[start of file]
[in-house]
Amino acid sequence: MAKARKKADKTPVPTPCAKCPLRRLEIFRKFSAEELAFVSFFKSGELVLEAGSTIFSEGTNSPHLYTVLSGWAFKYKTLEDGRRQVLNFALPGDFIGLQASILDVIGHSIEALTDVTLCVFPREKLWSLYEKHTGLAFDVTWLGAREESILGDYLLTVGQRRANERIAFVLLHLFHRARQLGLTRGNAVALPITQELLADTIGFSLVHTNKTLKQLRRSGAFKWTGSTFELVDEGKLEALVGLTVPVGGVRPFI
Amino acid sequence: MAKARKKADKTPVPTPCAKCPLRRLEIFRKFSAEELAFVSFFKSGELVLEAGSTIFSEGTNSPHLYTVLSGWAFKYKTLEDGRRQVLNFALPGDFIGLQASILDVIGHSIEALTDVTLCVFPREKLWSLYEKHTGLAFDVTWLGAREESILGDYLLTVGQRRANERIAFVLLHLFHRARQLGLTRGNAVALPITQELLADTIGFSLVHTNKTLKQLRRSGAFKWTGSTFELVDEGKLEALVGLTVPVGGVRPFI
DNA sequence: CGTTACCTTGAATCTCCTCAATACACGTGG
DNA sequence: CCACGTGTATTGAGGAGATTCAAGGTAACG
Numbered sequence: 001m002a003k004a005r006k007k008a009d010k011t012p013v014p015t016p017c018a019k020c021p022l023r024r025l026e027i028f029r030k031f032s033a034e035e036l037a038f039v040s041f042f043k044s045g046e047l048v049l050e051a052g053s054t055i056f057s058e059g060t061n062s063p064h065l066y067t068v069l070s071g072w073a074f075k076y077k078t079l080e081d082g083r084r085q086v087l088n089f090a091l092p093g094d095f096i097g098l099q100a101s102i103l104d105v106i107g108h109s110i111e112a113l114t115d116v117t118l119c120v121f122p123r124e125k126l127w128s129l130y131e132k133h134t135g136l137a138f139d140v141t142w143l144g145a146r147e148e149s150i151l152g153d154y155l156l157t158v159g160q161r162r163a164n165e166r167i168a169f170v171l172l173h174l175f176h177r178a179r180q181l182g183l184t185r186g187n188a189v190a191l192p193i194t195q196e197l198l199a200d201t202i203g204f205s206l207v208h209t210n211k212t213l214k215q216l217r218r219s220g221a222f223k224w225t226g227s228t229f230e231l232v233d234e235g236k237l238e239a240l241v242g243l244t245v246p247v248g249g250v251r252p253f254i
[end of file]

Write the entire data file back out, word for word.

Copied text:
[in-house]
Amino acid sequence: MAKARKKADKTPVPTPCAKCPLRRLEIFRKFSAEELAFVSFFKSGELVLEAGSTIFSEGTNSPHLYTVLSGWAFKYKTLEDGRRQVLNFALPGDFIGLQASILDVIGHSIEALTDVTLCVFPREKLWSLYEKHTGLAFDVTWLGAREESILGDYLLTVGQRRANERIAFVLLHLFHRARQLGLTRGNAVALPITQELLADTIGFSLVHTNKTLKQLRRSGAFKWTGSTFELVDEGKLEALVGLTVPVGGVRPFI
Amino acid sequence: MAKARKKADKTPVPTPCAKCPLRRLEIFRKFSAEELAFVSFFKSGELVLEAGSTIFSEGTNSPHLYTVLSGWAFKYKTLEDGRRQVLNFALPGDFIGLQASILDVIGHSIEALTDVTLCVFPREKLWSLYEKHTGLAFDVTWLGAREESILGDYLLTVGQRRANERIAFVLLHLFHRARQLGLTRGNAVALPITQELLADTIGFSLVHTNKTLKQLRRSGAFKWTGSTFELVDEGKLEALVGLTVPVGGVRPFI
DNA sequence: CGTTACCTTGAATCTCCTCAATACACGTGG
DNA sequence: CCACGTGTATTGAGGAGATTCAAGGTAACG
Numbered sequence: 001m002a003k004a005r006k007k008a009d010k011t012p013v014p015t016p017c018a019k020c021p022l023r024r025l026e027i028f029r030k031f032s033a034e035e036l037a038f039v040s041f042f043k044s045g046e047l048v049l050e051a052g053s054t055i056f057s058e059g060t061n062s063p064h065l066y067t068v069l070s071g072w073a074f075k076y077k078t079l080e081d082g083r084r085q086v087l088n089f090a091l092p093g094d095f096i097g098l099q100a101s102i103l104d105v106i107g108h109s110i111e112a113l114t115d116v117t118l119c120v121f122p123r124e125k126l127w128s129l130y131e132k133h134t135g136l137a138f139d140v141t142w143l144g145a146r147e148e149s150i151l152g153d154y155l156l157t158v159g160q161r162r163a164n165e166r167i168a169f170v171l172l173h174l175f176h177r178a179r180q181l182g183l184t185r186g187n188a189v190a191l192p193i194t195q196e197l198l199a200d201t202i203g204f205s206l207v208h209t210n211k212t213l214k215q216l217r218r219s220g221a222f223k224w225t226g227s228t229f230e231l232v233d234e235g236k237l238e239a240l241v242g243l244t245v246p247v248g249g250v251r252p253f254i